This plan contains a number of proposals which it is believed will deliver a more effective fire and rescue service and the Authority will look to allocate its resources to support these proposals in line with the principle of affordability.

Affordability means that we deliver;

  • the on-going ground-breaking investment in community fire safety;
  • the range of improvements set out in this plan;
  • the range of new services for rescue, resilience and safety set out in this plan;

within a financial risk planning framework that is based on the following principles.

  • We would wish to create overtime opportunities where appropriate for eligible personnel in accordance with the National Pay Agreement.
  • Pay increases of any kind (including overtime) must be funded through improved efficiency delivered in a manner that does not compromise the Authority’s determination to improve safety to the communities of Merseyside.
  • There will be no compulsory redundancy.
  • We aim to limit precept increases.

We would wish to deliver the range of improvements set out in this plan and we believe this plan is achievable within this framework of affordability. We invite our personnel, our trade unions, and our communities to work together with us to ensure we achieve this most important of aims.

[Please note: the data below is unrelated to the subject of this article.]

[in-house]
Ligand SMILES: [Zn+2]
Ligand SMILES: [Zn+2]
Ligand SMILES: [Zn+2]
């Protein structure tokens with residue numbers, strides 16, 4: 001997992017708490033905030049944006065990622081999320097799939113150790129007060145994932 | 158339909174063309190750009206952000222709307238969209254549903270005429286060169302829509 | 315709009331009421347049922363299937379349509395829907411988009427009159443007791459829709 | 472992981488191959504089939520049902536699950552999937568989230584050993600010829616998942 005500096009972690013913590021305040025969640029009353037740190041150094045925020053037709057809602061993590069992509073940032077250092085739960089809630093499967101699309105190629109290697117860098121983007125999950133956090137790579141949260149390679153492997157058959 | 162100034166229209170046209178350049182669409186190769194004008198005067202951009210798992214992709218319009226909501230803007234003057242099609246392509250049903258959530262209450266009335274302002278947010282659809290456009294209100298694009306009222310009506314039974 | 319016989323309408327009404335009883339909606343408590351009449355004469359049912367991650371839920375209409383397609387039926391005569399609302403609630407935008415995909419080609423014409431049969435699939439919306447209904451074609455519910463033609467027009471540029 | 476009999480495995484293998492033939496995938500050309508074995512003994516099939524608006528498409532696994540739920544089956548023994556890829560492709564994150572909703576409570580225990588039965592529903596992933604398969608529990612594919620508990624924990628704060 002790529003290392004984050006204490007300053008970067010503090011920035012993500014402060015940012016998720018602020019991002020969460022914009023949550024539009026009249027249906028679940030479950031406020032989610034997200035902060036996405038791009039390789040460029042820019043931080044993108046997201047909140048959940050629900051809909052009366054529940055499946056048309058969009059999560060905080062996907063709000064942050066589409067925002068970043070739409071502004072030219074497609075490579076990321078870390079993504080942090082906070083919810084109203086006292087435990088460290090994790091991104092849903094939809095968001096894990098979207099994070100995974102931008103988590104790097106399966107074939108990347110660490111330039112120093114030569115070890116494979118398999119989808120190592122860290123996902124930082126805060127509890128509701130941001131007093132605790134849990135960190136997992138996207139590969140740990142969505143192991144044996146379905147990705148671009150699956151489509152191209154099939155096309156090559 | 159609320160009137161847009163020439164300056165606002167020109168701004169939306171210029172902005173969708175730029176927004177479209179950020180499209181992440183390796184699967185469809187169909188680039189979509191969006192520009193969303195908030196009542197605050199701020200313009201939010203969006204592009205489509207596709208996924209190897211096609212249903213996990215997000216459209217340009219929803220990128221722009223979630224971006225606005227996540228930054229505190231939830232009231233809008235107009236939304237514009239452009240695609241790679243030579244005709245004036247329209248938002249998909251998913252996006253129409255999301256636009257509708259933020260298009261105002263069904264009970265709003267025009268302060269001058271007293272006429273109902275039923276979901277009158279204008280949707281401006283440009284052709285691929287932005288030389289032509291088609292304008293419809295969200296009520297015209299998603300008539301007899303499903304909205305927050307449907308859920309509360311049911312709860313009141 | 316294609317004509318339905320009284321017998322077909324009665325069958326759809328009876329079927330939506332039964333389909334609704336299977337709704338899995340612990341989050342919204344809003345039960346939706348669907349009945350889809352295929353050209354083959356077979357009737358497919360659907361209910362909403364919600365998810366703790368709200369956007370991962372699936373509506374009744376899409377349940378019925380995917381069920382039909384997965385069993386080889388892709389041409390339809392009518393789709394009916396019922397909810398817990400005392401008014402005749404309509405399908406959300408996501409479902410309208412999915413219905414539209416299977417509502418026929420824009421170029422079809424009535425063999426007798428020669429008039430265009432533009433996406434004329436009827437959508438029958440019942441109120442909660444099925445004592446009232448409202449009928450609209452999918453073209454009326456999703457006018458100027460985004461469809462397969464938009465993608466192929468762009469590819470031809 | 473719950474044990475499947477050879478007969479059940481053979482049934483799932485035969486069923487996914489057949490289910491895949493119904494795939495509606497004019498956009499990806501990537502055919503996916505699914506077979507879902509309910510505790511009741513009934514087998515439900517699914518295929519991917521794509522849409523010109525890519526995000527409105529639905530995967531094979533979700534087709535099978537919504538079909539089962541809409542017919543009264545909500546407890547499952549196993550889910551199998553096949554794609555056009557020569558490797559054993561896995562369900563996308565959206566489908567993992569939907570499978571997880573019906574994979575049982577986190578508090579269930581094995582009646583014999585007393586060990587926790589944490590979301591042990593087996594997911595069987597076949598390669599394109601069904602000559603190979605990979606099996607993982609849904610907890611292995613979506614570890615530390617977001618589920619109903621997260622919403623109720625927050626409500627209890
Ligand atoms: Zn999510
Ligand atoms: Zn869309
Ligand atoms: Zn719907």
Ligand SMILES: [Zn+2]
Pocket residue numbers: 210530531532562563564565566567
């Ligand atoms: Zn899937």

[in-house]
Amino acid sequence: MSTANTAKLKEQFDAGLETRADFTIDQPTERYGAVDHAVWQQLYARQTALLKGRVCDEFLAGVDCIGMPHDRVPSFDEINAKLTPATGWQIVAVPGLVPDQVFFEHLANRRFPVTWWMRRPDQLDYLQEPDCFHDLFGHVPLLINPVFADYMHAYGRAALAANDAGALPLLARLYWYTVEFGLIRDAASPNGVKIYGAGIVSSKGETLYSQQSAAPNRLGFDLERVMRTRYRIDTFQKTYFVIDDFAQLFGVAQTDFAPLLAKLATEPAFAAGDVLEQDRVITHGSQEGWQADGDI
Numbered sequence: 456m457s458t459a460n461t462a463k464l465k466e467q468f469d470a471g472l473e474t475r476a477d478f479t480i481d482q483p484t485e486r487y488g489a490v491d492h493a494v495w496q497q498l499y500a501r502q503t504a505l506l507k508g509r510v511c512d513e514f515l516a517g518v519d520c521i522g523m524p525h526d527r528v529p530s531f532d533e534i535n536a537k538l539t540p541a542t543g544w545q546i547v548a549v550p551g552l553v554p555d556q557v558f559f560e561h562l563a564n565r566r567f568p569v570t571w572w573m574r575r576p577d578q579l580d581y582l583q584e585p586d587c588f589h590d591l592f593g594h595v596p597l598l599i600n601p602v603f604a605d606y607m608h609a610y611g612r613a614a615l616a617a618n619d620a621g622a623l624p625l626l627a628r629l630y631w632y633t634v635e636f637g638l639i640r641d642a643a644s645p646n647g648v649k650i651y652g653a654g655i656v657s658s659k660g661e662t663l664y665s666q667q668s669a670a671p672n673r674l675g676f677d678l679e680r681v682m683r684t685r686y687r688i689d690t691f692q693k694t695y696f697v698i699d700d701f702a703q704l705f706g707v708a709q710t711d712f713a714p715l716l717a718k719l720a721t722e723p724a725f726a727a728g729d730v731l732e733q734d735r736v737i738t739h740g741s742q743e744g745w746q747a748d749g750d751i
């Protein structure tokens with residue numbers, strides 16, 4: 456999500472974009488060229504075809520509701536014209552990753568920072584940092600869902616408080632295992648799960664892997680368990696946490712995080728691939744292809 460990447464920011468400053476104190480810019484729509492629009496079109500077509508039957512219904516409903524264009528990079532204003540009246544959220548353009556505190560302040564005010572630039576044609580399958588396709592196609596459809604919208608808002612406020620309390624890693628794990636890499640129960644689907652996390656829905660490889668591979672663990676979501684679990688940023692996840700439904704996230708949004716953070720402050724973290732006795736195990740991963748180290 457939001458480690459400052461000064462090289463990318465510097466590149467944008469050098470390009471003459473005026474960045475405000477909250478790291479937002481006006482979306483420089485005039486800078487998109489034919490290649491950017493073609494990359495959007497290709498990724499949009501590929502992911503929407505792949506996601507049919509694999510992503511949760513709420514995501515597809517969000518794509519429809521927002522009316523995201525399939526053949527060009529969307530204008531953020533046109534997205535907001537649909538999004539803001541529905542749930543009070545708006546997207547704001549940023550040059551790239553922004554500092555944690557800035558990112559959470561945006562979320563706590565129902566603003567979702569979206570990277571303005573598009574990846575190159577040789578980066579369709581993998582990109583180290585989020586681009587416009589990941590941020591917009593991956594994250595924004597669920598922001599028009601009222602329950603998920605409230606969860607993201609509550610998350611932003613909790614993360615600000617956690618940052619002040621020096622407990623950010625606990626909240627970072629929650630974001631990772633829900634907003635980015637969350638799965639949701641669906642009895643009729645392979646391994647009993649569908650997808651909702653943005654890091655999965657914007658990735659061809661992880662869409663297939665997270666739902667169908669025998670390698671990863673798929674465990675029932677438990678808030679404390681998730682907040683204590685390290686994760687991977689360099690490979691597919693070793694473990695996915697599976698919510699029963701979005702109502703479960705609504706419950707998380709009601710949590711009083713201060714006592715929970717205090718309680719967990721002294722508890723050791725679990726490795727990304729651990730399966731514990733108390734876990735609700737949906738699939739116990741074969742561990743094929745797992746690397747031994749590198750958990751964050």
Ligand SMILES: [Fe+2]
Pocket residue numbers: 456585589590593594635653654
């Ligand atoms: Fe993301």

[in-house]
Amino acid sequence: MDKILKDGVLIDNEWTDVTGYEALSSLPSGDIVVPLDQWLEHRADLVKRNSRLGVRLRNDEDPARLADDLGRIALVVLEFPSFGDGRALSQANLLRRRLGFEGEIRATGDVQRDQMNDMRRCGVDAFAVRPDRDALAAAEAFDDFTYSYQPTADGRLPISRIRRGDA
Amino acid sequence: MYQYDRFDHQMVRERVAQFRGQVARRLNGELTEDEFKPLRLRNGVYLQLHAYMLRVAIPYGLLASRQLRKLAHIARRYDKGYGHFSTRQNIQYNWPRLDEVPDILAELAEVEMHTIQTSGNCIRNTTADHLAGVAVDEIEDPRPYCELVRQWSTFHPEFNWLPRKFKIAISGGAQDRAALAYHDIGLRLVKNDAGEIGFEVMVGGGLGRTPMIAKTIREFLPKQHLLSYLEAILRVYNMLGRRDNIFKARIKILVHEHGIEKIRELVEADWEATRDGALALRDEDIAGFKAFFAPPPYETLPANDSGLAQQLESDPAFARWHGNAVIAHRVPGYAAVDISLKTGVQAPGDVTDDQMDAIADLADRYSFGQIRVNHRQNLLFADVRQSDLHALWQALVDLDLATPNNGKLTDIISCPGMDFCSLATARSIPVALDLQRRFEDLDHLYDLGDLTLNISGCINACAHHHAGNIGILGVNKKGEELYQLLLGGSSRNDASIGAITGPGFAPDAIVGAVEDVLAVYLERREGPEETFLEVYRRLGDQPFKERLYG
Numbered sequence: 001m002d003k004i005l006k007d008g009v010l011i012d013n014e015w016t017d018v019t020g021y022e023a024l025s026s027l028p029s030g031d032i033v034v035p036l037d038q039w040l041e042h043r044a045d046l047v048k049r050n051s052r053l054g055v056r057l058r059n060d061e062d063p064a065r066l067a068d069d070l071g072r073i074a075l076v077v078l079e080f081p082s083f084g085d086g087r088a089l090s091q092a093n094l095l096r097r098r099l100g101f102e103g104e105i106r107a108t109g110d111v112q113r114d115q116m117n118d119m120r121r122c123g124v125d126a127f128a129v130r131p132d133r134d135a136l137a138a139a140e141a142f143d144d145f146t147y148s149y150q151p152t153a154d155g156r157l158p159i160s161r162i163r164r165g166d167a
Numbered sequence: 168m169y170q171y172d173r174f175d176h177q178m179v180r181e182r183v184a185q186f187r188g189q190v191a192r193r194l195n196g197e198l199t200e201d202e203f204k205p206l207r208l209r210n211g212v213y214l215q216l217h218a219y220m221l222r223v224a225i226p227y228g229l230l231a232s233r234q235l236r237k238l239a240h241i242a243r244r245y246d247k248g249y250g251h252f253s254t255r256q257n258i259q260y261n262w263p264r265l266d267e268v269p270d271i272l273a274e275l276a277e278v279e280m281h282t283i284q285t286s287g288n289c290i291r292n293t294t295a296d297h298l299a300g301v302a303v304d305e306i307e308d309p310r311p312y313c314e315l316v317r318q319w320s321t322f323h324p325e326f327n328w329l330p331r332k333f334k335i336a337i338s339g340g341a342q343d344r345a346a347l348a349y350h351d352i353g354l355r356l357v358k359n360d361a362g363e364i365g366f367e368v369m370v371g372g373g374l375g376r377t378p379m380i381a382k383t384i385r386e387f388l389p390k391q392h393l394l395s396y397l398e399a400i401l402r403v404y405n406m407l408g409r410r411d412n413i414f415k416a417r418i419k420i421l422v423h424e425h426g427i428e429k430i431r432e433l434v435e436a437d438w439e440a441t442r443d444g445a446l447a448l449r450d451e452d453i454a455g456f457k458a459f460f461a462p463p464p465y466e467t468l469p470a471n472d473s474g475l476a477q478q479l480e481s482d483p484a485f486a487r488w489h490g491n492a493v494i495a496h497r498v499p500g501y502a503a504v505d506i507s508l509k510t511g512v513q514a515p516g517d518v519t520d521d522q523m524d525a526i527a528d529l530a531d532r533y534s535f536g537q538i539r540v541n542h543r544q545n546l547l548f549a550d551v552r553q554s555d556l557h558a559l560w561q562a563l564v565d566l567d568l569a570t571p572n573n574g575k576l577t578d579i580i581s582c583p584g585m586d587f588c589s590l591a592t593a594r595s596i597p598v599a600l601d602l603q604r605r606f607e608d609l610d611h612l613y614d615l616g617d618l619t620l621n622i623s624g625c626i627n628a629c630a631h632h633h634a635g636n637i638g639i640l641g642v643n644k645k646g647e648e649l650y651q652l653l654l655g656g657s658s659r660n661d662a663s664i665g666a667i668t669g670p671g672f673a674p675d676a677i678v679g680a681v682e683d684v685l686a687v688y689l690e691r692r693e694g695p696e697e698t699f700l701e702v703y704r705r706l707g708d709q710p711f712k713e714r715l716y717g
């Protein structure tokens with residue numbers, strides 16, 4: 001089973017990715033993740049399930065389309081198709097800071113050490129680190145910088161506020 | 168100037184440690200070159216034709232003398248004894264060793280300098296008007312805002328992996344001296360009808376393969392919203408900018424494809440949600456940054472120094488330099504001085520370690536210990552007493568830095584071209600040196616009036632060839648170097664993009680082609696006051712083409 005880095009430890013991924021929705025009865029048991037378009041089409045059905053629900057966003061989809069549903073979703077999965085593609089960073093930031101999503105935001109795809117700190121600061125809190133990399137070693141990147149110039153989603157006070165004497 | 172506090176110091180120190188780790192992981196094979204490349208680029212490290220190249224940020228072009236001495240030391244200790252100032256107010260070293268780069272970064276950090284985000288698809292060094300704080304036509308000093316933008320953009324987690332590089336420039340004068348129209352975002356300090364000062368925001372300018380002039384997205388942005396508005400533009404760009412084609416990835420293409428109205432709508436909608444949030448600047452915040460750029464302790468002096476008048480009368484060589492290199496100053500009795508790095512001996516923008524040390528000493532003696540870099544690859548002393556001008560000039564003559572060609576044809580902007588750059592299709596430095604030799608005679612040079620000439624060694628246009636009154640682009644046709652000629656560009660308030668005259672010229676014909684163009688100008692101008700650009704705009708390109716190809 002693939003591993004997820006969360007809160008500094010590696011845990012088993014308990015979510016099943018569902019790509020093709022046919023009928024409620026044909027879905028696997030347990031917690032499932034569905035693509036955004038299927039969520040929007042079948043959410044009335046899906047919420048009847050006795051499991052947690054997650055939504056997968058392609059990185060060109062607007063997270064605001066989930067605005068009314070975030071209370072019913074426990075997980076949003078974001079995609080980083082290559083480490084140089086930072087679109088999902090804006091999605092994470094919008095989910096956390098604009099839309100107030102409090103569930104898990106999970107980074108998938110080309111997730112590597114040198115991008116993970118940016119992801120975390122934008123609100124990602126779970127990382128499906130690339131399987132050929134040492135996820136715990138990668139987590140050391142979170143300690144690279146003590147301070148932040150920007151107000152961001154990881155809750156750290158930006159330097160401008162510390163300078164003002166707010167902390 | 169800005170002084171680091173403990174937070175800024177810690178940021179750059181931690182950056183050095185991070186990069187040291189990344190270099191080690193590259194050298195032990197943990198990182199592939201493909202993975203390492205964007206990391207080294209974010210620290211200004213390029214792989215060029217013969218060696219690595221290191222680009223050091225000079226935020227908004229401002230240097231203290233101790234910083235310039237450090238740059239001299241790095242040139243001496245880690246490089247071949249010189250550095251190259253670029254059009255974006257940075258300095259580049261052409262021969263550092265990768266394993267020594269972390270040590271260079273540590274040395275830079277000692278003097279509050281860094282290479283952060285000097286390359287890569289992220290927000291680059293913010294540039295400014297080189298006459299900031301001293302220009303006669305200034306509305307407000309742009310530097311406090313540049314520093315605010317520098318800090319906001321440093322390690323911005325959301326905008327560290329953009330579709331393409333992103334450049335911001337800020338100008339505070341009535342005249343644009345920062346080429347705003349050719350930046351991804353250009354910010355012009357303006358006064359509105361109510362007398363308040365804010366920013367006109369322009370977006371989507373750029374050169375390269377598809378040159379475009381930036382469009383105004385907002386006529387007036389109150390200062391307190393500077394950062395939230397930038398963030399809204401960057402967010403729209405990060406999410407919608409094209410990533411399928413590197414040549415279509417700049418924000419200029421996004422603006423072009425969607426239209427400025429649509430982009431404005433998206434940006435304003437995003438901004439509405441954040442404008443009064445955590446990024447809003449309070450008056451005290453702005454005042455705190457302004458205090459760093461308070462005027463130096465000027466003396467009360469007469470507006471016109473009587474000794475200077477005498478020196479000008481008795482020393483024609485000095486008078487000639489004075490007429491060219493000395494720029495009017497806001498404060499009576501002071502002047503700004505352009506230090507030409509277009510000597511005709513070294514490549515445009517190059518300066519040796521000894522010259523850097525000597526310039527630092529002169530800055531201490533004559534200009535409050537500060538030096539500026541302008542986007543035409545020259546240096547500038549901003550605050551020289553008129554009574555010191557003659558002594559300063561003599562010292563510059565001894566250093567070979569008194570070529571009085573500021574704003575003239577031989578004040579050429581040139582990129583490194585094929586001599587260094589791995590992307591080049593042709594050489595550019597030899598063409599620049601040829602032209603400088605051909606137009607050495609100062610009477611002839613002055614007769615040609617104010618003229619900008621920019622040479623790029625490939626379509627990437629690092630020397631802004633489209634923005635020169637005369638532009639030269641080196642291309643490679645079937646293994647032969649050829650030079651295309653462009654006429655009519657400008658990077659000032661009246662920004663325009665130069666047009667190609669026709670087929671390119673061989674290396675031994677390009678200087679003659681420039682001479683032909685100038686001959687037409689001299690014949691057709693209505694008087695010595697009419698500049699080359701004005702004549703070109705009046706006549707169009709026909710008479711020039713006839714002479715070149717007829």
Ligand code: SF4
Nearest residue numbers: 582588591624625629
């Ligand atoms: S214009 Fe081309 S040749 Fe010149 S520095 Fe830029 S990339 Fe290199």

External limitations

Some of the proposals set out in this plan have been prepared on the basis of the Government’s declared intention to change the national framework and on the assumption that greater flexibility and additional statutory powers will be made available. This needs to happen sooner rather than later if the momentum of change is to be maintained.

The other key external influence is the progress and outcome of national negotiations between the employers and trade unions. These negotiations will need to achieve:

  • agreement on the range and detail of nationally determined terms and conditions of employment and the scope provided to develop local terms and conditions;
  • clarification of the scope and nature of future industrial relations and disputes machinery.

Core principles

The following core principles have been adopted when developing the proposals in this plan:

  • the combined effect of all the measures in our plan will be to make Merseyside a safer place;
  • we must retain an effective, resilient and safe emergency response to calls for assistance;
  • while aiming to reduce life loss and injury, we will also do what we can to reduce property and environmental damage, and to protect our heritage, to preserve business continuity and support the local economy;
  • we will develop a more flexible service – one which can respond to changing patterns of risk across Merseyside at different times of the day, week, or year;
  • resilience to handle major and prolonged incidents (including possible major acts of terrorism) must be developed and maintained;